The pivotal group “Line Drawings” include a lot of dedications of individual poems, and all the poems of this section seem to be rooted in Le Guin’s personal history, to the extent that their sense sometimes seems a little opaque to this reader. But some of them, construed as observation of a natural scene or event, seem almost too bare.

“Walking in Cornwall” is a set of three poems about archaeological excursions in the English landscape. These are some of the longer poems of the book, and taken together they read like a set of dreamy journal entries from the author’s travels. 

The last section “Simple Hill” uses brevity, singsong patterns, and borderline paradoxes to set up a sense of wonder and profundity. All of its poems are short, except for the triptych “The Well of Baln,” which still shares the mood of the others, although fleshing it out from contemplative nursery rhyme to fairy tale.

All told, there is a lot of variety here. The poetry is not avant-gardist; it uses natural images, rhyme and meter, and other very conventional elements. But the use of these conventions here gives evidence of an active and original mind that delights in language–while knowing of its dangers.

Tao Te Ching

Lao Tzu: Tao Te Ching: A Book about the Way and the Power of the Way is a rendition by Ursula K Le Guin from many sources of the classic wisdom text about the Tao.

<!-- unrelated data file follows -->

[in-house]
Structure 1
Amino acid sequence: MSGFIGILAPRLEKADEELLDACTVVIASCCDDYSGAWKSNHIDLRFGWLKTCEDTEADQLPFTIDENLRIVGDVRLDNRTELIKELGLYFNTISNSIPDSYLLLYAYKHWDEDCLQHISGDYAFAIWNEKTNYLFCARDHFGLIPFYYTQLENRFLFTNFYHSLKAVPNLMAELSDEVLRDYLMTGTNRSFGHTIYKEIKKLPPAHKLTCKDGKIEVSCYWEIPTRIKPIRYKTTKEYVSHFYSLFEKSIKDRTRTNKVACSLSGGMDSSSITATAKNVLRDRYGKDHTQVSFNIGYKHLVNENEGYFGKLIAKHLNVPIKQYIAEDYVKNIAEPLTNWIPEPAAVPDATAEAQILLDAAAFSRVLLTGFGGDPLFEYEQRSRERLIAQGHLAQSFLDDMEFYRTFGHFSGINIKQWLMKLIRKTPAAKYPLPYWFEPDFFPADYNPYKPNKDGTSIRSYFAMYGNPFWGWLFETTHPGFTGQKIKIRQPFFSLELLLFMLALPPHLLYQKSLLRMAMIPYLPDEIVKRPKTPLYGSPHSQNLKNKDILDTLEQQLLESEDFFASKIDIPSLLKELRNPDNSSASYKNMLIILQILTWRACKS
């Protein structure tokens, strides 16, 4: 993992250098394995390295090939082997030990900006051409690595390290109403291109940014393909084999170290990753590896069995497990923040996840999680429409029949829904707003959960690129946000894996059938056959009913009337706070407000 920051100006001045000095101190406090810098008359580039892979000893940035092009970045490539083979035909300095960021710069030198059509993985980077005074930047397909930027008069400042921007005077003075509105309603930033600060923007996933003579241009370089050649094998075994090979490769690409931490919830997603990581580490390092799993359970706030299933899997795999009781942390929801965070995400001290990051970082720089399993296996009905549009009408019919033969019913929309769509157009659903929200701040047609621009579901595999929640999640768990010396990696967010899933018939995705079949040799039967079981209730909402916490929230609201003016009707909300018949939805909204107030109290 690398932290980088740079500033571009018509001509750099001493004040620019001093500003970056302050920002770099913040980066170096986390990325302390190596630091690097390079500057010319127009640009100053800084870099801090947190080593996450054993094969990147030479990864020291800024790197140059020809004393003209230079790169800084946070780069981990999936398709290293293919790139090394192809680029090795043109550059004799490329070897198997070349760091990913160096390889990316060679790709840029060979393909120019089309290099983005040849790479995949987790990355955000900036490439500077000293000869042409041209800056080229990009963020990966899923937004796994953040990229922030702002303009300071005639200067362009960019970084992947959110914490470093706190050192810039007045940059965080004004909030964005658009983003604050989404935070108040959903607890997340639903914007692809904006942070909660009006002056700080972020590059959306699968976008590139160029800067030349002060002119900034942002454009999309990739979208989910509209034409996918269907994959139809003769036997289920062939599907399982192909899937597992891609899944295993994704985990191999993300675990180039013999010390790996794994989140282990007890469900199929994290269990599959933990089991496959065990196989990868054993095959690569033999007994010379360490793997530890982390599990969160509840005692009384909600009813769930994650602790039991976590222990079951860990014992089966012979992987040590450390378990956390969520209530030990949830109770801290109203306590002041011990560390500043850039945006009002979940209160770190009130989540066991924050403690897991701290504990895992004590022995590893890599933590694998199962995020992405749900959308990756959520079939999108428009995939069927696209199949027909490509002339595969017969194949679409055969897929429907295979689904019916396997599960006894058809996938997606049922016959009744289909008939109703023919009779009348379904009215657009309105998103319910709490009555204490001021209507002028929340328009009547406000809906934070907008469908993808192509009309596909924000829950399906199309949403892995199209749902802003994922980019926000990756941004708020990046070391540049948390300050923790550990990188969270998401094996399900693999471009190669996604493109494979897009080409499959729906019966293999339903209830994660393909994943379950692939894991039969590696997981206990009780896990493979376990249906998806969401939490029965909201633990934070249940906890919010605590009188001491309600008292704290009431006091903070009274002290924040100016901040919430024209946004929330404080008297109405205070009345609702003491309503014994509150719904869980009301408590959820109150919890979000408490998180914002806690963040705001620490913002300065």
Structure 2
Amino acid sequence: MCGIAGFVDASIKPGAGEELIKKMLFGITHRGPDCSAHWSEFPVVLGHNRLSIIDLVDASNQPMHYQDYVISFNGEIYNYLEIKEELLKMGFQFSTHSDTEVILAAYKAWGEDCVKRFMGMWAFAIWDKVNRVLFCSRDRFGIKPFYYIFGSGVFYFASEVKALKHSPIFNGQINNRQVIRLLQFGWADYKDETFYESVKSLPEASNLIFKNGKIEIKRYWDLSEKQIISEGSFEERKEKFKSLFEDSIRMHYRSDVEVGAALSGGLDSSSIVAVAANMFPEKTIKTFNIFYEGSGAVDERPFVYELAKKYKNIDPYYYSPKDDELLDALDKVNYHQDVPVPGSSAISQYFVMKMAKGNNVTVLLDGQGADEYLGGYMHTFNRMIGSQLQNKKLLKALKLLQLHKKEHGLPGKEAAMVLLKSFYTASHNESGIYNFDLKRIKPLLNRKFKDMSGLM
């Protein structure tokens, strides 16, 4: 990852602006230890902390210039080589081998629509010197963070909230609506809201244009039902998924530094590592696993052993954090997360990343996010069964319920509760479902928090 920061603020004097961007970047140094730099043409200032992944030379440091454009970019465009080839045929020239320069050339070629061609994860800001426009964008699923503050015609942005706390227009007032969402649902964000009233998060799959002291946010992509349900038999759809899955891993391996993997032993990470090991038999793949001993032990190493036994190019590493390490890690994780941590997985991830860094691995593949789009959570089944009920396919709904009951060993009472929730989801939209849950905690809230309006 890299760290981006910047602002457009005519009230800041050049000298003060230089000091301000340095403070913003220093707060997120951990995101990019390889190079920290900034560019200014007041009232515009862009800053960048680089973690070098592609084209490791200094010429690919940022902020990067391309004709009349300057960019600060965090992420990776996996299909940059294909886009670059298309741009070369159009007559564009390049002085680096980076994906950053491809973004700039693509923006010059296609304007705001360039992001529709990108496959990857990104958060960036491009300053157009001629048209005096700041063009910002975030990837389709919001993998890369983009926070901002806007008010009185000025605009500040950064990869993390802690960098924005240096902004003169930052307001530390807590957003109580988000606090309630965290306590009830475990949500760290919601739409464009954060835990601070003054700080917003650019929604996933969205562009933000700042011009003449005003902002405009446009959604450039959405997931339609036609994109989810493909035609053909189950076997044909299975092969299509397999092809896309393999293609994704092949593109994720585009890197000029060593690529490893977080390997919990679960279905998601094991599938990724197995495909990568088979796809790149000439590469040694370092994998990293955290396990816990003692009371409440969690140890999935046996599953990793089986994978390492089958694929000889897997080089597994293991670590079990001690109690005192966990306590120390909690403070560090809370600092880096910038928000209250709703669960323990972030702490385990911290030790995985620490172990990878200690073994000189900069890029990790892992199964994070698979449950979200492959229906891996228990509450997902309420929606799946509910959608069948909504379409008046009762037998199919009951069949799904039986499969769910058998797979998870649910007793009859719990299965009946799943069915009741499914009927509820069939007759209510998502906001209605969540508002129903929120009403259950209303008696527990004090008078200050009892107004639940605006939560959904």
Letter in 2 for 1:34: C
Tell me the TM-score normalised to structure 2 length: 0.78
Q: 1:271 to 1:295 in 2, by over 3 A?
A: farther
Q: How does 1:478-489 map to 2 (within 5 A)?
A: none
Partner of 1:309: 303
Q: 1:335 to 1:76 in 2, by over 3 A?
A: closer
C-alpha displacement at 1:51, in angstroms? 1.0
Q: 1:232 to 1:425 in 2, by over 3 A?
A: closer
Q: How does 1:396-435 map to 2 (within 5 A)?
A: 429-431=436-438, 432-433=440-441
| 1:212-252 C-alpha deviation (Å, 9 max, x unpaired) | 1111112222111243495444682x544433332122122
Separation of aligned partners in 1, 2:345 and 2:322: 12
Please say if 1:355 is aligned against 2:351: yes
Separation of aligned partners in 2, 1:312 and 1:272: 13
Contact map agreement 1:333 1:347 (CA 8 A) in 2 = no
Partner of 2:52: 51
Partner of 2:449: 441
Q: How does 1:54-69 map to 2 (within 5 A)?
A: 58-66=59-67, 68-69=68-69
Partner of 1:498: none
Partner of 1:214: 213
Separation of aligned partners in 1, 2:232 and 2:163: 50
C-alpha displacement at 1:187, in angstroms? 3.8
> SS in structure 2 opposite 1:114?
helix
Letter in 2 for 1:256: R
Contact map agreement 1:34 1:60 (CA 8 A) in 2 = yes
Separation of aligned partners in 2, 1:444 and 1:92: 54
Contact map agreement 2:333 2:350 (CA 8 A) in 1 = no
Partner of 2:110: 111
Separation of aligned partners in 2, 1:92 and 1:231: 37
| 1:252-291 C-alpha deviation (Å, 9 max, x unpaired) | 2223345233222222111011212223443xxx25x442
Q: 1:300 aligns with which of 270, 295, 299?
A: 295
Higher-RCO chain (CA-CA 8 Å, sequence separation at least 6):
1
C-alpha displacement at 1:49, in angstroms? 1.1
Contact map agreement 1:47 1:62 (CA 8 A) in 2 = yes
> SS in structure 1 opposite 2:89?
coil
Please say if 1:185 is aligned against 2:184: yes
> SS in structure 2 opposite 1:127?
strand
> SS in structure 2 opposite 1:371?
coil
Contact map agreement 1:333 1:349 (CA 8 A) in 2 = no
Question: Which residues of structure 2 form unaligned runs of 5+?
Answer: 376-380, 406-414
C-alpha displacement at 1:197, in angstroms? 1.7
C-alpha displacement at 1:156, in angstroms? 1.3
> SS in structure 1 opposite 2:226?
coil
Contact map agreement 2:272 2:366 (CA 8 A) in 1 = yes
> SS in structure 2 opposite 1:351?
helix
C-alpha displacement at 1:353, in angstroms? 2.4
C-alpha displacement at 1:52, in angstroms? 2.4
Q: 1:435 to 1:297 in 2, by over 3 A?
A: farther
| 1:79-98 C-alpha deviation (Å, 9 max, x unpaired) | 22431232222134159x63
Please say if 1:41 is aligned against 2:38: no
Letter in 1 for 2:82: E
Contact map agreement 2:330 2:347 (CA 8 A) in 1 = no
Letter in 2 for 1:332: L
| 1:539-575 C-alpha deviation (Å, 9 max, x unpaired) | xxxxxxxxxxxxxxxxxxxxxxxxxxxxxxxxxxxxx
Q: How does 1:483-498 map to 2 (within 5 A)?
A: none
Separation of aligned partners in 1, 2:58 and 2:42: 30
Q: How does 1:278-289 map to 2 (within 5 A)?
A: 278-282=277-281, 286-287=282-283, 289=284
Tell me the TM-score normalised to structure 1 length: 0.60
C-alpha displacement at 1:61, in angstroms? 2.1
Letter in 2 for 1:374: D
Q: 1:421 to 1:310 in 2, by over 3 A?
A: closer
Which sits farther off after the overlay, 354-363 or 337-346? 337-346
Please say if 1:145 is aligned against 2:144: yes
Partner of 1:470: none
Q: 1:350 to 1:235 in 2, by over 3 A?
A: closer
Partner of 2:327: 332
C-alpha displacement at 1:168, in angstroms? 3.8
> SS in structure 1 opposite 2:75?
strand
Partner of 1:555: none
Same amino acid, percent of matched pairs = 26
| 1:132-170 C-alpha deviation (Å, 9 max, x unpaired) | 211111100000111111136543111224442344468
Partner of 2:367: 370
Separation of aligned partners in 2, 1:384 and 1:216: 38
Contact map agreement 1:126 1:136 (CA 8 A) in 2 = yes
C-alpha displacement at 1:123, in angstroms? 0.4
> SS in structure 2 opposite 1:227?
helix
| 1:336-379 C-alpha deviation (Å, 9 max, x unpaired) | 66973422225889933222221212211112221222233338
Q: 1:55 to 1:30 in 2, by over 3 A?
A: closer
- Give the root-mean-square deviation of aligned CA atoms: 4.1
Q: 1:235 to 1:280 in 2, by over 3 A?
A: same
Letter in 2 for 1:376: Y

Le Guin’s rendition makes some aspects of the poems much more approachable. For example, she avoids use of the term “empire” or masculine-exclusive language in her version, which she intends to be for a wider audience. She provides extensive end notes about the rendition and a list of her sources ranked in order of utility, and many poems have personal commentary about her thoughts on specific poems in the collection. It’s a personal project. It’s also a fine model of how one might organize one’s own similar project, if one were into that, for this or another source material.

However, there’s still places for me where I’m totally into it one part, for just one example, the anti-capitalist sentiments, and completely repulsed the next, especially in places where I become uncomfortable or disagree with the ideas of what Lao Tzu thinks is good government, involving, for example, keeping the population in the dark about their true conditions and about the tools used by those in power to manipulate them.

On the whole, it just isn’t for me, in spite of a few bright spots. Le Guin’s rendition of Tao Te Ching is okay and interesting, but it’s not astounding or amazing to me. The intentionality in making the text more approachable is laudable. I think a lot of my issue is with my perception of a weakness of the source material, which just isn’t my path or sense of things, though there are a few place where there are hints worth the time to cross the ages and approach the work of Lao Tze as it is, for what it is. It has value, but it doesn’t speak to me in a voice with authority or accuracy per se, so have a hard time recommending it for others. But, if you’re going to approach this material, this seems like is a fine-enough way to do it.

I made 58 highlights.

Originally posted over on my personal blog at Tao Te Ching